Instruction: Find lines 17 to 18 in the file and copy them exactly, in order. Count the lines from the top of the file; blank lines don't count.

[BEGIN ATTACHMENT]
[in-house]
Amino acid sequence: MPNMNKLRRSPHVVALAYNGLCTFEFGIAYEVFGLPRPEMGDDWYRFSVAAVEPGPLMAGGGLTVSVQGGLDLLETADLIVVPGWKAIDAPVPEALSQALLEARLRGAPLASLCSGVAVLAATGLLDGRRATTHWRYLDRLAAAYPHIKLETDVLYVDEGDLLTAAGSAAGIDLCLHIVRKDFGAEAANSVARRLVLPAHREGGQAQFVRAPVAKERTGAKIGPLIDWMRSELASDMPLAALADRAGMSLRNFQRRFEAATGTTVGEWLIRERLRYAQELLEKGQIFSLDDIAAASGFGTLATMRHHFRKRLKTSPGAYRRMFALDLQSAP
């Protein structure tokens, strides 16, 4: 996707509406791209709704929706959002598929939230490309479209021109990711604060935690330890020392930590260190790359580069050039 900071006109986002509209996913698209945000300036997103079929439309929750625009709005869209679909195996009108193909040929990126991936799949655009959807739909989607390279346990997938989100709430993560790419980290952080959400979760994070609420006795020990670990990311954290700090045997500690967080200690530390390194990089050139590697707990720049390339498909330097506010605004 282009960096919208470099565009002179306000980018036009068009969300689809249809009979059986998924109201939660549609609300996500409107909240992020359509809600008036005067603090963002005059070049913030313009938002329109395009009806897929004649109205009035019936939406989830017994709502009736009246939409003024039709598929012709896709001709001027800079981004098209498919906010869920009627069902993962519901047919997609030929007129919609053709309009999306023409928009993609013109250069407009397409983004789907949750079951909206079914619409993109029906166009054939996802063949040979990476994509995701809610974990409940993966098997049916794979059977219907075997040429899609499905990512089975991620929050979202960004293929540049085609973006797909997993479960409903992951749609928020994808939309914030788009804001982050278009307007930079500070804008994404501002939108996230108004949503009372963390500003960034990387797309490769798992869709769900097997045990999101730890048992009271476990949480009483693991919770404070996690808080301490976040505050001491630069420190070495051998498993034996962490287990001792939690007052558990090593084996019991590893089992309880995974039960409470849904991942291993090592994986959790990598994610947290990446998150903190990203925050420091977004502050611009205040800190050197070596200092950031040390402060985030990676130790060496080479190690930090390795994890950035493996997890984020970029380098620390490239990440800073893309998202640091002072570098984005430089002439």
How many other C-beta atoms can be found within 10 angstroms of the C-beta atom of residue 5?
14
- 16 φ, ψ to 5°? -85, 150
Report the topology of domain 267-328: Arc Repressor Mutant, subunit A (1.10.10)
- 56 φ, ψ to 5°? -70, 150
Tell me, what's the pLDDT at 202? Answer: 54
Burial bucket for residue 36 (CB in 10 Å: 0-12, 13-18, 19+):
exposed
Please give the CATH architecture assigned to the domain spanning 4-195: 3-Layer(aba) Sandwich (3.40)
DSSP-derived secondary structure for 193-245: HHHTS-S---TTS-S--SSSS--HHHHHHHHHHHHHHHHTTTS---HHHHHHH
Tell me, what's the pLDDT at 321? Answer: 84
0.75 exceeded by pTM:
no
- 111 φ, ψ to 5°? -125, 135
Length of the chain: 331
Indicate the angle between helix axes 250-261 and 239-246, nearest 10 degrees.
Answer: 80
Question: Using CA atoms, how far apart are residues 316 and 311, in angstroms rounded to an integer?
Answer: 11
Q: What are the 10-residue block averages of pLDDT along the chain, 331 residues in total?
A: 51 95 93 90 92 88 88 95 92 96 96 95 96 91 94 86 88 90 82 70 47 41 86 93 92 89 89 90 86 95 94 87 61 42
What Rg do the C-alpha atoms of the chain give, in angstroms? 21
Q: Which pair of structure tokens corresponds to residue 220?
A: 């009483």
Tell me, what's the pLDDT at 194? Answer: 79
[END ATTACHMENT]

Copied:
- 111 φ, ψ to 5°? -125, 135
Length of the chain: 331